Their concerns were reflected in the anger of G Haragopal. A professor who has on numerous occasions been the state interlocutor with the Maoists, Haragopal spoke to Republic TV about Rona’s work, but was furious as his comments were misrepresented. Haragopal told me that he had known Rona for seven years and described him as an “absolutely honest” person with immense “courage of conviction.” He believed Rona to be a promising scholar. “I thought he would shape himself into one of the leading intellectuals of this country,” he said. Rona would not compromise on his values, Haragopal said. So, Haragopal chose to speak to Republic TV on 8 June, two days after the activist was arrested. “I said, for Rona let me make a comment because that also partly helps in shaping public opinion.” During the course of his conversation with Aditya Raj Kaul, the then associate editor of Republic TV, Haragopal deconstructed the charges against Rona, calling them the “police’s fictions.” The channel disregarded Haragopal’s statements and ran the segment with the headline “Prof. Haragopal, Maoist Sympathiser Confirms Rona Wilson Link.”
Haragopal described the activist in glowing terms, as a person with a strong moral compass. Rona’s commitment towards his values was uncompromising, and the activist’s moral universe was based on the “larger concerns of the poor people, concerns of the prisoners, concerns of the tribals,” he said. He told me that his interactions with Rona were usually focussed on issues like “nature of the state, the regime, the future of India, the future of the struggles.”
All the people I spoke to unanimously agreed that Rona’s commitment to prisoners’ rights is what placed him on the “BJP regime’s radar,” as Haragopal put it. It was Rona’s vast experience in working with political prisoners that led the journalist Sunetra Choudhury to the activist for research on her book titled, “Behind Bars: Prison Tales of India’s Most Famous.” As she recalled her meetings with him in 2016, Choudhury told me, “Even at that time, he indicated that people were after him. He was very careful about where he wanted to meet. I thought, why is he so weary? But he always knew that because he works with Geelani and others, he has to be careful. I think I didn’t appreciate that enough.” Rona steered clear of communications via phone and email, preferring in-person meetings in obscure places instead. “He was always mindful of the fact that he was being watched,” Choudhury said.
Kandasamy’s experience with Rona was also on similar lines. “If you were not the type of person to take spying and state surveillance seriously—you would not understand Rona,” she told me. “For instance, once in a chance remark, he told me that mobile phones were being used as listening devices. I cannot fathom that someone like this is going to go around town writing letters and asking for ammunition as if it is a grocery shopping list,” she said, referring to the letter that the Pune police claimed Rona had written and contained details of the plot to assassinate Modi.
The Pune police claimed that they discovered the letter on Rona’s laptopand that it was addressed to a “Comrade Prakash.” Rohan Nahar, Rona’s lawyer in Pune told me, “They want to try and hook Rona Wilson and Shoma Sen.” Nahar said there was no way to verify the authenticity of the letter. “It contradicts the stand of state. In one breath, they say that it is a covertly operated movement; they do everything clandestinely and do not use their real names. It is funny and ironic that once you say that, you are trying to present evidence where names are being used and emails are being sent and received,” he said. Nahar added that “the entire stance of the prosecution is fraught with a lot of issues.”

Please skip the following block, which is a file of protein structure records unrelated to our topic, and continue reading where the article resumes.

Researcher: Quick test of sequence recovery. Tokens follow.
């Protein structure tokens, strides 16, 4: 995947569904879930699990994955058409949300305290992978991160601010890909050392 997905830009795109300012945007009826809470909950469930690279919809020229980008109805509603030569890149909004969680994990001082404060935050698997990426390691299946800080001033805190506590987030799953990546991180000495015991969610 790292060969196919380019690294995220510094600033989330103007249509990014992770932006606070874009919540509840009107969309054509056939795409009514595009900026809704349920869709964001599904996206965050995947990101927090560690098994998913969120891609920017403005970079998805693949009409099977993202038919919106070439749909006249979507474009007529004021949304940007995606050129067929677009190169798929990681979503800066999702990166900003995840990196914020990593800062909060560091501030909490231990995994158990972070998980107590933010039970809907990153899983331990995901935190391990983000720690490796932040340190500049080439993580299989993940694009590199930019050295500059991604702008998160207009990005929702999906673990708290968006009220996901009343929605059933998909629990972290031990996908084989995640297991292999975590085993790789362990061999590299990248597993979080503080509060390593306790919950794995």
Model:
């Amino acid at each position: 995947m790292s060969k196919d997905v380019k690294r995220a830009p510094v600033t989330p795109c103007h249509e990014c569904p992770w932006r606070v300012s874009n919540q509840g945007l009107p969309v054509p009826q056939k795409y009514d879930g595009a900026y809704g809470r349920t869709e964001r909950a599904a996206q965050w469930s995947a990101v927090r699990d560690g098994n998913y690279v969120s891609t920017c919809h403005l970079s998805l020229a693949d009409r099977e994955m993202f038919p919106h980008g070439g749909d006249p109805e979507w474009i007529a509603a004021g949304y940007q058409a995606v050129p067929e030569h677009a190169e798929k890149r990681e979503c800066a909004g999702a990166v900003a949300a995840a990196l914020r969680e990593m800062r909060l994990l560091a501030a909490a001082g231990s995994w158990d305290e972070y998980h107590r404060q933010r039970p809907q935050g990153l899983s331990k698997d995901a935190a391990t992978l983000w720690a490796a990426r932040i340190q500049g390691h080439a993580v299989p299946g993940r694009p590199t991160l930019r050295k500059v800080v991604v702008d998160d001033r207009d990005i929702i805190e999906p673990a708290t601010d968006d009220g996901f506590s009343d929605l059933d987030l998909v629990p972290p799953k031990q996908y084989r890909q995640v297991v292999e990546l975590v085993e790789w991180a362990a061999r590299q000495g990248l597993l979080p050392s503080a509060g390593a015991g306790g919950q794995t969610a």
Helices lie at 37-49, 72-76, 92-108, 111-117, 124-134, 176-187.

BG Kolse-Patil, a former judge of the Bombay High Court, also rubbished claims of Rona’s involvement in the Elgar Parishad. Patil and PB Sawant, a retired judge of the Supreme Court and former chairperson of the Press Council of India, organised the Parishad. Kolse-Patil said that the judges personally bore the cost of the event. He told me that apart from Sudhir Dhawale, who is a member of the Kabir Kala Manch, an anti-caste cultural organisation, he did not know any of the other four activists arrested. Patil has never even met Rona.
Haragopal told me that Rona knew that he was being watched by the state. “But he was also very careful because he was interested in his career,” and wanted to study further, he said. Like Haragopal, others I spoke to also described Rona as an erudite, hardworking scholar. Ajayakumar said that Rona’s “capacity for reading is immense. You have to tell him something only once. You will not have to repeat it. If say, Rona read a book of thousand pages, he does not need to look at it again. He reads every line, absorbs it and enhances it as a part of his own body of knowledge.”
Geelani, too, admired Rona’s scholarship. “Rona is a very well-educated person. He is a scholar. He was in the process of heading abroad for his PhD. But this arrest has scuttled it,” Geelani told me. Rona had recently applied to the University of Surrey and the University of Leicester to pursue his doctorate. When I visited the family, Roy, his brother, browsed through his phone to show me a letter Rona wrote from the Yerawada central prison on 12 December 2018. Besides his messages of care and concern for the family, he requested his family to write to the faculty-in-charge at both the universities to apprise them of his situation here. The letter also mentioned the topic of his proposed thesis: “The Fiction of the Muslim Other: State, Law and The Politics of Naming in Contemporary India.”
Rona himself views his life in prison as another chapter in his long-drawn commitment to securing the rights of the jailed. Soon after finding himself as one among the community of prisoners he worked for, he wrote to his family, “The life in jail, in confinement, gives you ample opportunity to see things in a different light. And as a human rights activist, defender, it gives me tremendous opportunity to look at what I had written and stood for in the last 15 years or more from the other side of the bar.”